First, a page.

Is this attempt successful? We must admit that while Fitzgerald explicitly argues that what needs to be critically deconstructed is “a system of signs that creates collective illusions” rather than a certain class, there is still an implicitly dualistic structure of thinking in his elaboration. This implicitly dualistic structure of thinking can be found both in his criticism of modern categories such “economics” and “democracy,” as well as his remaining to be unfolded conception of liberation.
For Fitzgerald, although no one in the Western world can escape from being manipulated by the system of abstract categories he tries to deconstruct and in some sense all are suffering from this operation, he himself keeps making a division between rich and poor, between debtors and creditors, and between white male defenders of the “sacred” right of private property in the name of “national economy” or “democracy” and those being constantly exploited by the former. There is always a minority of people who benefit from the global capitalist system, even though the price to be paid is the creation of a majority of victims. On the other hand, in terms of possible liberation from the above injustice, I do not see in his conception any universal scheme to achieve this or reconciliation between oppressors and oppressed, other than the realization of political and economic justice.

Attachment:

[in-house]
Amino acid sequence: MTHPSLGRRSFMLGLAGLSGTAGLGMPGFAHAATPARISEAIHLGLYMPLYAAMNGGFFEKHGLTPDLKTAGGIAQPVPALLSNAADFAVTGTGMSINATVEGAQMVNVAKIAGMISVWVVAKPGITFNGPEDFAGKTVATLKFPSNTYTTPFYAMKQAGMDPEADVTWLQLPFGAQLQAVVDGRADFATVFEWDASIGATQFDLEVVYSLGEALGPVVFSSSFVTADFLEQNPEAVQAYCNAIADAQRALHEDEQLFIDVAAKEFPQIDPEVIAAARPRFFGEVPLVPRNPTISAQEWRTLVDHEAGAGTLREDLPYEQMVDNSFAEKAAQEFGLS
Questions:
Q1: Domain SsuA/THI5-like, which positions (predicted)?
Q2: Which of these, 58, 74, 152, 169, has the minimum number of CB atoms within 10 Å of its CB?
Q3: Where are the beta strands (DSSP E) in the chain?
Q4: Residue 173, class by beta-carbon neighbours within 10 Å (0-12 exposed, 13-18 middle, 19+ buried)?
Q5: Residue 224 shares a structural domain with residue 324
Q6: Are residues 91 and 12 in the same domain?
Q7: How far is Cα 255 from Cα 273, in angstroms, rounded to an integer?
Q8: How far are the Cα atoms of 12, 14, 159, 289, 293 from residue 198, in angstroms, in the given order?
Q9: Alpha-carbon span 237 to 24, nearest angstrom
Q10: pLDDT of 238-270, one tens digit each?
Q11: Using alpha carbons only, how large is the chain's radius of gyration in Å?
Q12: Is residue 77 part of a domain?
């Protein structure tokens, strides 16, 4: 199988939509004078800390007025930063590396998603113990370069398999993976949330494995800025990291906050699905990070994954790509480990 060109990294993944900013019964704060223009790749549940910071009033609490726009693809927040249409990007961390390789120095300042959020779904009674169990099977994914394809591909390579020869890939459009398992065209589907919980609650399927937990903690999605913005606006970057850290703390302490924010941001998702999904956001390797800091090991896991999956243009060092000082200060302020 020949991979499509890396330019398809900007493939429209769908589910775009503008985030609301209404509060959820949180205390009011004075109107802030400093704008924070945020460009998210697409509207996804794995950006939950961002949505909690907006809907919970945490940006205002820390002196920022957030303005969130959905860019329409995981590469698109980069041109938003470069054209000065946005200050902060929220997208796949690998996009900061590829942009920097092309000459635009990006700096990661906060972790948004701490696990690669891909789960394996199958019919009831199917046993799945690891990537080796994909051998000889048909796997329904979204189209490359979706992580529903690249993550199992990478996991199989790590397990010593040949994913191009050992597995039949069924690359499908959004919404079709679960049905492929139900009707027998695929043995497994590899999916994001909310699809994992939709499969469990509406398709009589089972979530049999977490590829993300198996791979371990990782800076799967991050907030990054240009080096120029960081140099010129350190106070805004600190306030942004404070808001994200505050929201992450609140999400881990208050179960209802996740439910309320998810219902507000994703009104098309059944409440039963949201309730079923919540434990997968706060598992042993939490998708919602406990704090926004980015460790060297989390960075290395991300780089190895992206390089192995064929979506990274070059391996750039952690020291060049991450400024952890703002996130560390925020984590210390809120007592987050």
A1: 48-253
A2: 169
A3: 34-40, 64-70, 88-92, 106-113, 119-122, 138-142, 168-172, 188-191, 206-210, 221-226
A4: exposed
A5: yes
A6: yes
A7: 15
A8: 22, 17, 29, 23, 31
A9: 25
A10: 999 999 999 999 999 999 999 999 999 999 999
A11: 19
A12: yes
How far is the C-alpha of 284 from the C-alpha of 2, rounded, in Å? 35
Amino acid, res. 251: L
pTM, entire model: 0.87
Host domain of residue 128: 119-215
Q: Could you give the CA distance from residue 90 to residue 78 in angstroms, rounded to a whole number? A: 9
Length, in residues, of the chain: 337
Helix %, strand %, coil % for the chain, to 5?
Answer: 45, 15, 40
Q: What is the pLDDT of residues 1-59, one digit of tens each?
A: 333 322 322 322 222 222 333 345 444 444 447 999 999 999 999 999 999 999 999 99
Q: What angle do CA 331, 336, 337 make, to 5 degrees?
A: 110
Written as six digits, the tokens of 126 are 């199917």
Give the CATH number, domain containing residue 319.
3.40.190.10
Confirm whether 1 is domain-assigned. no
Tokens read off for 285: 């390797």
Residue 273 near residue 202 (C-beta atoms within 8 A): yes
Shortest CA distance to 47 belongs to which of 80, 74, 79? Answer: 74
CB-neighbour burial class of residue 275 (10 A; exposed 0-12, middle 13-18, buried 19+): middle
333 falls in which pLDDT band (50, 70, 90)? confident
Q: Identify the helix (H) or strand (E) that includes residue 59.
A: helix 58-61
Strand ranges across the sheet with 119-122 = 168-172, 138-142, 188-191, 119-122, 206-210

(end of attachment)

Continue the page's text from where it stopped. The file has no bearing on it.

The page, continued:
This dualistic structure of thinking can also be found in Fitzgerald’s oversimplification of the social sciences as invalid, of the falsity of democracy and of the evil of global capitalism. For example, although modern economics claims objectivity, it never considers itself as being able to predict accurately everything in the area it concerns. Being objective cannot be identified with inerrancy which seems to be what Fitzgerald asks for. And while it must be admitted that a great proportion of global movements of people is experienced by its participants as involuntary, enforced, or even miserable, he also refuses, on the basis of his personal experiences, to imagine the possibility that in addition to scattering families, a global market can also provide people with opportunities to exert initiatives and creativity within a new culture as well as to enrich and extend their lives in this process. If Fitzgerald accuses the actually rhetorical nature of categories like “economics” and “democracy” of distorting reality, he is doing the same by making oversimplified comments on them.